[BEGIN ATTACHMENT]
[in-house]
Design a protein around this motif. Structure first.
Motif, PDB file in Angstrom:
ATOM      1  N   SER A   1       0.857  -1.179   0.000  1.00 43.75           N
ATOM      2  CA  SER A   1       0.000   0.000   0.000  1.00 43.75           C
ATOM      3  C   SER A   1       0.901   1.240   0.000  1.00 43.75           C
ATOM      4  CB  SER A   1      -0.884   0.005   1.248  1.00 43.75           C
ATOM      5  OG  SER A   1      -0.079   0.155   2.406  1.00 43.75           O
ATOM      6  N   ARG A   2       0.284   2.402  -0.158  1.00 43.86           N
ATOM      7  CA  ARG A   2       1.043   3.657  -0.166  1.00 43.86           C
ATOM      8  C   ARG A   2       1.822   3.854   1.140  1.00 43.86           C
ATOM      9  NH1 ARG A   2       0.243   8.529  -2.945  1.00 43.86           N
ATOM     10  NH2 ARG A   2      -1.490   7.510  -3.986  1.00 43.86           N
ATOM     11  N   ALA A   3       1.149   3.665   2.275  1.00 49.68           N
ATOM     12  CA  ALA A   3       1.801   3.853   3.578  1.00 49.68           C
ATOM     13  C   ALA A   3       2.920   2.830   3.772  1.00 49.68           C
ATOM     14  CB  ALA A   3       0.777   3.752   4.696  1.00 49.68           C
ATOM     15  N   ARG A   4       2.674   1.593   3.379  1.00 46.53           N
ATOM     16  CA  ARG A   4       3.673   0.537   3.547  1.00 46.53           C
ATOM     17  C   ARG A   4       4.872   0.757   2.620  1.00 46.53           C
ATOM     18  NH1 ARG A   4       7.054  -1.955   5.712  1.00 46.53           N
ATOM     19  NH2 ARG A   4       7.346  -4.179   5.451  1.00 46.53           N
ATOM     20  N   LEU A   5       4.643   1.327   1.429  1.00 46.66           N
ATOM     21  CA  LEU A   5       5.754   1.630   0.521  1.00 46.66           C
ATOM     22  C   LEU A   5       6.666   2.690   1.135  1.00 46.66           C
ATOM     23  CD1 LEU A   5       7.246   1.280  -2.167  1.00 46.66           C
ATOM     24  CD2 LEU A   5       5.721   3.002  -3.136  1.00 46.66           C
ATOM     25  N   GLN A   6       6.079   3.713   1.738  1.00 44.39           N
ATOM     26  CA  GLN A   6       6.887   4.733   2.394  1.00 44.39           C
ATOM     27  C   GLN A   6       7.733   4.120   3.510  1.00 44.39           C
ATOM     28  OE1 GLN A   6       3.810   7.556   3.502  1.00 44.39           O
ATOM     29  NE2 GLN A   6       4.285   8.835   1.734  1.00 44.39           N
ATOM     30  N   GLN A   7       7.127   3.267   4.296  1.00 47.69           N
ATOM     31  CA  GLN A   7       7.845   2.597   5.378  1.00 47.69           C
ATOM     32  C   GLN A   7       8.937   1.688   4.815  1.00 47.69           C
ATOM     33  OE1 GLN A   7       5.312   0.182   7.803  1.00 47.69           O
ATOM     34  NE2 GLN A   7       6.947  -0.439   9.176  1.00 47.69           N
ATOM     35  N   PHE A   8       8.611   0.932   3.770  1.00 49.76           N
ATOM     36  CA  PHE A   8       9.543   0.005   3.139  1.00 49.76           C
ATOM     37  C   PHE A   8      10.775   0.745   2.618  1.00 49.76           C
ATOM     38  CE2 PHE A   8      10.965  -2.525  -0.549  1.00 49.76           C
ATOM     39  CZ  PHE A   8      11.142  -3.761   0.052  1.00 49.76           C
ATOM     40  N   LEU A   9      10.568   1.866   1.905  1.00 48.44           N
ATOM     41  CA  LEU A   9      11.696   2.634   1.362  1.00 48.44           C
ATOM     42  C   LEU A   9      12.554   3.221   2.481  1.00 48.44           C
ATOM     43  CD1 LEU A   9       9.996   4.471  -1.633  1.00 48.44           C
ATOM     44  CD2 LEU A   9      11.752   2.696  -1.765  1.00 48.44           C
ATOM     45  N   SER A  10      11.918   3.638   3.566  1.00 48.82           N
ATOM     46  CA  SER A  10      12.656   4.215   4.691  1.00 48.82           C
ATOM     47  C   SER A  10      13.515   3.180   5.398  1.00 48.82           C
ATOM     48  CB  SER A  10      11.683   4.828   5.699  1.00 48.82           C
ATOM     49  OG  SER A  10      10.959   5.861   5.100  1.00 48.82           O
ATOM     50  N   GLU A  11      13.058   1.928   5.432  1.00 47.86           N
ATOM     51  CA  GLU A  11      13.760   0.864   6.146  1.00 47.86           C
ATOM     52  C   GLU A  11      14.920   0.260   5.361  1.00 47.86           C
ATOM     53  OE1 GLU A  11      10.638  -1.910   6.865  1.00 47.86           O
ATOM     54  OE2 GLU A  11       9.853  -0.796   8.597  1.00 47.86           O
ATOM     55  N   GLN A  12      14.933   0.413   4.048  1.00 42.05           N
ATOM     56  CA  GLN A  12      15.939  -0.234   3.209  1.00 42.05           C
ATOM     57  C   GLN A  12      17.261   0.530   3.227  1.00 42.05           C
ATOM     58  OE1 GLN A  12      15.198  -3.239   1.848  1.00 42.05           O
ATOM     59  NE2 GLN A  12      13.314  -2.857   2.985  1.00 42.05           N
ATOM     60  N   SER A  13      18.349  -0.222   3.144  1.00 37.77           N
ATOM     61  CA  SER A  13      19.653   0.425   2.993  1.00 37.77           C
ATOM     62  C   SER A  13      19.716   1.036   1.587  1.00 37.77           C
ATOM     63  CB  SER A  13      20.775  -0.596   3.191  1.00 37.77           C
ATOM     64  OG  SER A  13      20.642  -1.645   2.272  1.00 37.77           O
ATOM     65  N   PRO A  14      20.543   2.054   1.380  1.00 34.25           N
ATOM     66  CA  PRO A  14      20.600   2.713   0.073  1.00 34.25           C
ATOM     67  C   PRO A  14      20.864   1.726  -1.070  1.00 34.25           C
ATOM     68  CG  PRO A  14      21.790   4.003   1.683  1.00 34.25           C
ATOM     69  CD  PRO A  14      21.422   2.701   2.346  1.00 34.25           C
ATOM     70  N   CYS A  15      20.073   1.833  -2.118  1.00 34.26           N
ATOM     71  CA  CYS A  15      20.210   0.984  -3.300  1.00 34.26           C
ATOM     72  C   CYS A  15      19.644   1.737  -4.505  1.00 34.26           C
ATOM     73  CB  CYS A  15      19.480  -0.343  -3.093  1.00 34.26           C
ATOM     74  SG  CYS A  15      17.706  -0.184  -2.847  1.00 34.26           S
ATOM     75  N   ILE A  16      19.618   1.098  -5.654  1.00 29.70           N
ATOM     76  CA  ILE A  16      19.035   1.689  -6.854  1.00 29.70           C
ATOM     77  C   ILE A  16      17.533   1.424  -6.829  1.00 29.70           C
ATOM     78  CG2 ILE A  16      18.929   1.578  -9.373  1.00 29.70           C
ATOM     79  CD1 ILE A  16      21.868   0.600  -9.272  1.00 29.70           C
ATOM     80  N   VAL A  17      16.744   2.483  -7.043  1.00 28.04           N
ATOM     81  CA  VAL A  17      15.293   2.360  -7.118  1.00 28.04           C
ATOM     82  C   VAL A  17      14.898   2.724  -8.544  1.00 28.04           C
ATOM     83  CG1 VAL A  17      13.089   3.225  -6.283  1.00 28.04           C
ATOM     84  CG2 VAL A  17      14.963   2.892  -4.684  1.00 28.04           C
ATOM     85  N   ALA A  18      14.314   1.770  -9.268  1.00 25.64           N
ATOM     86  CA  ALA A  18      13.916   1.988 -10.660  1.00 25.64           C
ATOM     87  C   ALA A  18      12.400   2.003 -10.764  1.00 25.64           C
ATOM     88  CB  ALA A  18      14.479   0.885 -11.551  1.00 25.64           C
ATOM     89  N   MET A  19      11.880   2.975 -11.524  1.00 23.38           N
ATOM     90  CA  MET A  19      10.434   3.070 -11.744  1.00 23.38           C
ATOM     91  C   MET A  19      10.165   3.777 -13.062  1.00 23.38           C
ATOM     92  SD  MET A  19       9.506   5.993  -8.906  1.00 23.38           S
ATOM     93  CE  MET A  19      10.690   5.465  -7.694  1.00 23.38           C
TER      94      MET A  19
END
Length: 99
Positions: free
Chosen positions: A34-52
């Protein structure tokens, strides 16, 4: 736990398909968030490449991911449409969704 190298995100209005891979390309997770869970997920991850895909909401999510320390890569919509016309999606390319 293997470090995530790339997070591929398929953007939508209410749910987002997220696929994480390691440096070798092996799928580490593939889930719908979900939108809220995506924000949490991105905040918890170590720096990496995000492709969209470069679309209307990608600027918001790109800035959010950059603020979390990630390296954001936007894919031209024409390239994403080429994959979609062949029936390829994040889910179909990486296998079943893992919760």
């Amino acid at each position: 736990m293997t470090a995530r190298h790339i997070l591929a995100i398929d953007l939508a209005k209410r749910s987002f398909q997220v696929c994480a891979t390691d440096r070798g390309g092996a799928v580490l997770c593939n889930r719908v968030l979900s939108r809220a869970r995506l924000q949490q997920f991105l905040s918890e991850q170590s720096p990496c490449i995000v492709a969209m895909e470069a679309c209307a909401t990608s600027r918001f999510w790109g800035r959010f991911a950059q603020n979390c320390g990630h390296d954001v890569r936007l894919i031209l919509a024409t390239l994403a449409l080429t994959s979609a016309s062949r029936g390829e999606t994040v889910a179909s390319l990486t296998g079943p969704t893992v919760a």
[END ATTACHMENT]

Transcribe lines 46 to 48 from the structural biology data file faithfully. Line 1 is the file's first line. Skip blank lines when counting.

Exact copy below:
ATOM     43  CD1 LEU A   9       9.996   4.471  -1.633  1.00 48.44           C
ATOM     44  CD2 LEU A   9      11.752   2.696  -1.765  1.00 48.44           C
ATOM     45  N   SER A  10      11.918   3.638   3.566  1.00 48.82           N